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Whistleblower News From The Inside — October 19, 2015

Posted  October 19, 2015

By the C|C Whistleblower Lawyer Team

United States Resolves $237 Million False Claims Act Judgment against South Carolina Hospital that Made Illegal Payments to Referring Physicians — The Department of Justice announced today that it has resolved a $237 million judgment, secured after a trial in 2013, against Tuomey Healthcare System for illegally billing the Medicare program for services referred by physicians with whom the hospital had improper financial relationships.  Under the terms of the settlement agreement, the United States will receive $72.4 million and Tuomey, based in Sumter, South Carolina, will be sold to Palmetto Health, a multi-hospital healthcare system based in Columbia, South Carolina.  DOJ

Estate and Trusts of Former Owner and President of Bank that Received TARP Funds to pay $11 million in Settlement — The United States alleged that in 2009 the late Layton B. Stuart, on behalf of One Financial and its subsidiary One Bank & Trust N.A., applied for a TARP investment.  According to the United States, Stuart knowingly made false statements about the financial condition of One Financial and One Bank and about the intended use of the TARP funds.  The schemes involved Stuart’s diversion of One Bank funds for personal use, including Stuart’s purchase of luxury vehicles for his wife and children.  Within two weeks of receiving the TARP funds, Stuart allegedly diverted $2.185 million into his personal accounts.  Stuart was terminated from One Bank in September 2012.  DOJ

Valeant Probe Reprises Federal Focus on Drug Pricing — Valeant Pharmaceuticals International, Inc., stated last week that it had received subpoenas from U.S. attorneys’ offices in Manhattan and Boston seeking materials on a range of matters, including the financial aid it gives patients to pay for out-of-pocket costs as well as the pricing of its drugs. The company said it plans to cooperate with the investigation.  WSJ

Kellogg Brown & Root Ordered to Pay for Accepting Kickbacks — A Texas federal judge ordered military contractor KBR to pay a $108,000 civil penalty, finding the company liable for accepting gifts and gratuities from a subcontractor seeking favorable treatment on a military logistics contract for Iraq and Afghanistan. FBI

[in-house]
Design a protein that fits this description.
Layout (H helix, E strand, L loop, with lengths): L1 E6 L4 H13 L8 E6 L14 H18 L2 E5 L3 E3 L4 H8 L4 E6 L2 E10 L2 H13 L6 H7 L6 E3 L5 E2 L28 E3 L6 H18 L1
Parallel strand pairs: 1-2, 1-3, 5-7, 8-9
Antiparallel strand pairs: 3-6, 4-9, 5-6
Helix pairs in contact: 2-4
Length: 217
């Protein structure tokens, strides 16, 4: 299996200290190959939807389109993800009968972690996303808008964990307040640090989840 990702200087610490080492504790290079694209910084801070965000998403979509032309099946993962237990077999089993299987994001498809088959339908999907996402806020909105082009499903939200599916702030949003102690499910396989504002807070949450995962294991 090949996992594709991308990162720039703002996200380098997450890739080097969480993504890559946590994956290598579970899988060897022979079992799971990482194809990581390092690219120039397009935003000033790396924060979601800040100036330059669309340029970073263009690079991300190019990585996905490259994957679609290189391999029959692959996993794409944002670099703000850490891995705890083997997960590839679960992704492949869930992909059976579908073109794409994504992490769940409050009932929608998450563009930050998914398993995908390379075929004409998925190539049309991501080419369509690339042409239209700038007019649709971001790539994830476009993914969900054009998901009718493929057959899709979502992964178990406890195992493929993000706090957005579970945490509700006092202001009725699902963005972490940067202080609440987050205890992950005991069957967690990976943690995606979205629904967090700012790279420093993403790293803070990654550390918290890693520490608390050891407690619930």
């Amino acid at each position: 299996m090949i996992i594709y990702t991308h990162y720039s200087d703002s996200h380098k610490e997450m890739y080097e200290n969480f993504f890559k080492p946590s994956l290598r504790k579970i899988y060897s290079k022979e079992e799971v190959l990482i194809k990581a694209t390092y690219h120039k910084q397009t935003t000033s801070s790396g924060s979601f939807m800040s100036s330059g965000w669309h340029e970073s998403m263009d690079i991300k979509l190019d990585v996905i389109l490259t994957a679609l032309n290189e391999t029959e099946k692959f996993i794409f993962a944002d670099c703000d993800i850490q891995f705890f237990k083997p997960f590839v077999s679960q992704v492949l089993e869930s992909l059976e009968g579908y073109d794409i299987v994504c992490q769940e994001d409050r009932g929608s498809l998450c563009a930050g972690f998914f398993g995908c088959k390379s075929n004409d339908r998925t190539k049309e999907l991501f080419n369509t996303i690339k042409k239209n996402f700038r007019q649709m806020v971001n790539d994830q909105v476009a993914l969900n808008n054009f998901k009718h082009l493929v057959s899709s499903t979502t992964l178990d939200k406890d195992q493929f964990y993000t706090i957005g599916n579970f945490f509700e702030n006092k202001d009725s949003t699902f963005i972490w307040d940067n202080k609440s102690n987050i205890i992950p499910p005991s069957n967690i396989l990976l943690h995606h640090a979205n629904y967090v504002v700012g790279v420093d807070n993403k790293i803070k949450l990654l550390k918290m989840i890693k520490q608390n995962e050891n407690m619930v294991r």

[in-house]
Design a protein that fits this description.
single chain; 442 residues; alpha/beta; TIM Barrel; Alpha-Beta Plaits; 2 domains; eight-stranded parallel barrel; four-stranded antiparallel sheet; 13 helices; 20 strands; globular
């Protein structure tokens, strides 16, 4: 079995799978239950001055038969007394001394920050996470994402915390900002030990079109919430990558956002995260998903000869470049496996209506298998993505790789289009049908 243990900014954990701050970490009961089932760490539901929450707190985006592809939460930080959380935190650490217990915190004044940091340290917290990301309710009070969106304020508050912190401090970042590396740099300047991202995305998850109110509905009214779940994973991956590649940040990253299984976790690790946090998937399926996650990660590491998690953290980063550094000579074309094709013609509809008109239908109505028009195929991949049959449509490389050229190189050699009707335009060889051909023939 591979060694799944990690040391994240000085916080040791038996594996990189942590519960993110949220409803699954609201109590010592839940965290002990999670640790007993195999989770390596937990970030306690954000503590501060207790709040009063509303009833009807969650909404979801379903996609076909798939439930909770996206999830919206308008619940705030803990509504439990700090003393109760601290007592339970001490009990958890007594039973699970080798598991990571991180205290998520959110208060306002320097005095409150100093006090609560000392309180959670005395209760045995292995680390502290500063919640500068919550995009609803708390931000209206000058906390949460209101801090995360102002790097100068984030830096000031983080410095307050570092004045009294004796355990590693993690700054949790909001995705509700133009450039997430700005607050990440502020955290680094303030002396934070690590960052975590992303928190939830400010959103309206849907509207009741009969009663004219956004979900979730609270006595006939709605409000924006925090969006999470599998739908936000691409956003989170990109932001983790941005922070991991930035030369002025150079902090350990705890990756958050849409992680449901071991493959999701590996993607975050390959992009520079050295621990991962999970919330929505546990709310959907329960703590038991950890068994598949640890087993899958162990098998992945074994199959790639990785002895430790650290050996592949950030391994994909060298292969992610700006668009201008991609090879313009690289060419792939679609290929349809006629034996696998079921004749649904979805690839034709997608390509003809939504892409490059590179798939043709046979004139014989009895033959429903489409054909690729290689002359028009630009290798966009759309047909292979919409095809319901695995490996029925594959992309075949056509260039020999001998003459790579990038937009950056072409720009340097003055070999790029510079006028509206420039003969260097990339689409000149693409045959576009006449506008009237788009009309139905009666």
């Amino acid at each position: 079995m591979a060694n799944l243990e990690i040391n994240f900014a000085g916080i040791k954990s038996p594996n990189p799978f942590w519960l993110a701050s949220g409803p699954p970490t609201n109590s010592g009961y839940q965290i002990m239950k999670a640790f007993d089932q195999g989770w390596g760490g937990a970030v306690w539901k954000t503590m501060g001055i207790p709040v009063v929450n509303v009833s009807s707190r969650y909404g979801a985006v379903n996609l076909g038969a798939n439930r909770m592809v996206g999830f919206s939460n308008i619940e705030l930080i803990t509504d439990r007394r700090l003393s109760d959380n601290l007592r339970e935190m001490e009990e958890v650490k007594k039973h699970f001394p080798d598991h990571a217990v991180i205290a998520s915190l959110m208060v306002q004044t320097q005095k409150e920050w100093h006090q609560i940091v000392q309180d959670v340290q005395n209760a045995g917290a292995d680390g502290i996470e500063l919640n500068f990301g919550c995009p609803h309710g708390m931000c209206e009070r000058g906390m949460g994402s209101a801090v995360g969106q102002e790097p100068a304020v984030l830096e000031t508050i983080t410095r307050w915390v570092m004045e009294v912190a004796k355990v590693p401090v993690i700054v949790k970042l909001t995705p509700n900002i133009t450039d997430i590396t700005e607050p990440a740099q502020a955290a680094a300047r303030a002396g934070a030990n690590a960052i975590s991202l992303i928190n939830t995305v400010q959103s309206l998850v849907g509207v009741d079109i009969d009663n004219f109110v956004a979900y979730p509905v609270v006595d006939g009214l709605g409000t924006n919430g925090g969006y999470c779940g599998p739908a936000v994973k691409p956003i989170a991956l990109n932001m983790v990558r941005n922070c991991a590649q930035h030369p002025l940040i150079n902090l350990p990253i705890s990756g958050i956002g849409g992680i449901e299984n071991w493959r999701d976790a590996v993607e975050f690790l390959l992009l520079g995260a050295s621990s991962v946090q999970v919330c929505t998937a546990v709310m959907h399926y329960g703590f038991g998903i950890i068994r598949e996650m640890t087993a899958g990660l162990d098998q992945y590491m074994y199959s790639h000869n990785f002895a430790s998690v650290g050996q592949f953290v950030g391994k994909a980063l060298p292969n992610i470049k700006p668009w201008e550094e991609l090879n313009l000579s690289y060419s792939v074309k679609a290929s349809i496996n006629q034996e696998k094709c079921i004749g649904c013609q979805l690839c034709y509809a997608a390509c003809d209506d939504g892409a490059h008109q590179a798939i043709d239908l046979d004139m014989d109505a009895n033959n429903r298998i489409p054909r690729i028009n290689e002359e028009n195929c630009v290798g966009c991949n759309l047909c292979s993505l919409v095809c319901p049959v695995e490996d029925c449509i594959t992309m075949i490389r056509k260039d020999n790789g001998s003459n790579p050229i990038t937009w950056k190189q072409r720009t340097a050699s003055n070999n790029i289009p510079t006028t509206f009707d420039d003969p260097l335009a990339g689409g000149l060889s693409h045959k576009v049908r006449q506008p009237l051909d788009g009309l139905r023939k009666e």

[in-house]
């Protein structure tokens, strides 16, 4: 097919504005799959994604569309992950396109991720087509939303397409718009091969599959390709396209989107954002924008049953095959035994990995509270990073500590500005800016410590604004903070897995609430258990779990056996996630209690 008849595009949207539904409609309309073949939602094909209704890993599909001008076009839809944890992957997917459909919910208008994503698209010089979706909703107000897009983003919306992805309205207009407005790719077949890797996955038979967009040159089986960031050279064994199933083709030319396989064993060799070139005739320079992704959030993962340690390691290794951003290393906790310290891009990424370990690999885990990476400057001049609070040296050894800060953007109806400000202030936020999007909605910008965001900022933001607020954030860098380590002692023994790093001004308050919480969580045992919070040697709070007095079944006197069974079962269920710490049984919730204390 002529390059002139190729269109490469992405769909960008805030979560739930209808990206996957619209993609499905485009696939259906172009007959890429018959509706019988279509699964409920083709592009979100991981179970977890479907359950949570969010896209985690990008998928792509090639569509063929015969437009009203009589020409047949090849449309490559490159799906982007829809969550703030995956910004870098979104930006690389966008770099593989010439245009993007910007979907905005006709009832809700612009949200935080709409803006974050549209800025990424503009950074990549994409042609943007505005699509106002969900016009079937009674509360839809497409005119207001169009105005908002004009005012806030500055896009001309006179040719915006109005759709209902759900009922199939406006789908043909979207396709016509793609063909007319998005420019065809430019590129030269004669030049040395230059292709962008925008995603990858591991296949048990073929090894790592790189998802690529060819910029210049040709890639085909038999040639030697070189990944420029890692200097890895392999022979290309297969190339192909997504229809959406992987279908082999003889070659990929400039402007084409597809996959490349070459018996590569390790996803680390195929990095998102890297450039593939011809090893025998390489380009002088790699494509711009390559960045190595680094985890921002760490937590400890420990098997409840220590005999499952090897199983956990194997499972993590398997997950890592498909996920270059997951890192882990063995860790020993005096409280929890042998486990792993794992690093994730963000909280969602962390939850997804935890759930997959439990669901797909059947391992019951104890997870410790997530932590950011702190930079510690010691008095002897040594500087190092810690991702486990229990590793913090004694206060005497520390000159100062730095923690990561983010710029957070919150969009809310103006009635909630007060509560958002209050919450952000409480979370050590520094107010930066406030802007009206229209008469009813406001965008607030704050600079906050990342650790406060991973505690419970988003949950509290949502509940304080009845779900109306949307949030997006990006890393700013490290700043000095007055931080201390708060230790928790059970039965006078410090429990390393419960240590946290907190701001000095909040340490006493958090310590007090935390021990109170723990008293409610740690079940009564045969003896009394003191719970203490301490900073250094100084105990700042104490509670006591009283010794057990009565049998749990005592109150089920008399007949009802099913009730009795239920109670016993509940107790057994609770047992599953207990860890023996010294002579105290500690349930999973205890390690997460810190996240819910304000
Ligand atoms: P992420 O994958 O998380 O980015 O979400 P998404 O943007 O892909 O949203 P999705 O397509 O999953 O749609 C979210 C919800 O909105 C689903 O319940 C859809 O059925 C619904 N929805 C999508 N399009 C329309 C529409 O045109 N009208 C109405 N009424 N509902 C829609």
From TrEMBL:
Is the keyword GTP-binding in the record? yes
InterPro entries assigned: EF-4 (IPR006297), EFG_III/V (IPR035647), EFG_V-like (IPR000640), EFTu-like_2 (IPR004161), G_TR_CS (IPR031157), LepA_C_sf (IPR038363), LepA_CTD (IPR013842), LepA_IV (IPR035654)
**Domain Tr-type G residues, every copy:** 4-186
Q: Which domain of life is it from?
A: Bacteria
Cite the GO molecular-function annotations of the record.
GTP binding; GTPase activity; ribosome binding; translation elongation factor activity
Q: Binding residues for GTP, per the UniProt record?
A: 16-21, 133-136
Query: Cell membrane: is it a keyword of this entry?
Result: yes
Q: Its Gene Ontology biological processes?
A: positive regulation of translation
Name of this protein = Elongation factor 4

Operators of Medical Equipment Supply Company Convicted in $1.5 Million Medicare Fraud Scheme — A federal jury in Los Angeles convicted the former owner and the former operator of a durable medical equipment supply company of health care fraud charges in connection with a $1.5 million Medicare fraud scheme.  According to the trial evidence, the defendants paid illegal kickbacks to patient recruiters in exchange for patient referrals.  The evidence further showed that the defendants paid kickbacks to physicians for fraudulent prescriptions – primarily for expensive, medically unnecessary power wheelchairs – which the defendants then used to support fraudulent bills to Medicare.  DOJ

Daily Fantasy Sports Companies Face Investigations — As Nevada issued a case and desist order barring fantasy sports companies DraftKings and FanDuel from operating in that state, the fantasy sports industry faced further investigations from regulators around the country, including from the federal government, into the leaking of information and the nature of their operations.  NY Daily News

Viacom and Cablevision settle lawsuit over channel bundles — Viacom Inc. and New York cable giant Cablevision Systems Corp. have settled a long-running antitrust lawsuit that was intended to shine a light on programmers’ demands that all of their channels be included in pay-TV packages.  The two companies announced Friday afternoon that they had resolved the matter and were entering into “mutually beneficial business arrangements.”  LA Times

French Prosecutors Probe Dominique Strauss-Kahn’s Failed Firm — French prosecutors are probing a failed financial services firm formerly co-led by Dominique Strauss-Kahn, the latest in a line of legal struggles that have dogged the former head of the International Monetary Fund.  The investigation is attempting to shed light on events that led to the partnership being declared insolvent in November 2014 leaving dozens of creditors trying to recoup their losses. WSJ

Podiatrist, others indicted for health care fraud —  A Chicago podiatrist, his wife, and the CEO of his health care company were indicted Friday on charges that they falsified paperwork and pressured podiatrists to provide unneeded services in long-term health facilities in Missouri.  According to the indictment, the defendants would use an electronic medical record system to automatically insert diseases and symptoms patients didn’t have into their medical records. They used these records to bill Medicare, claiming that the patients needed the services.  St. Louis Today


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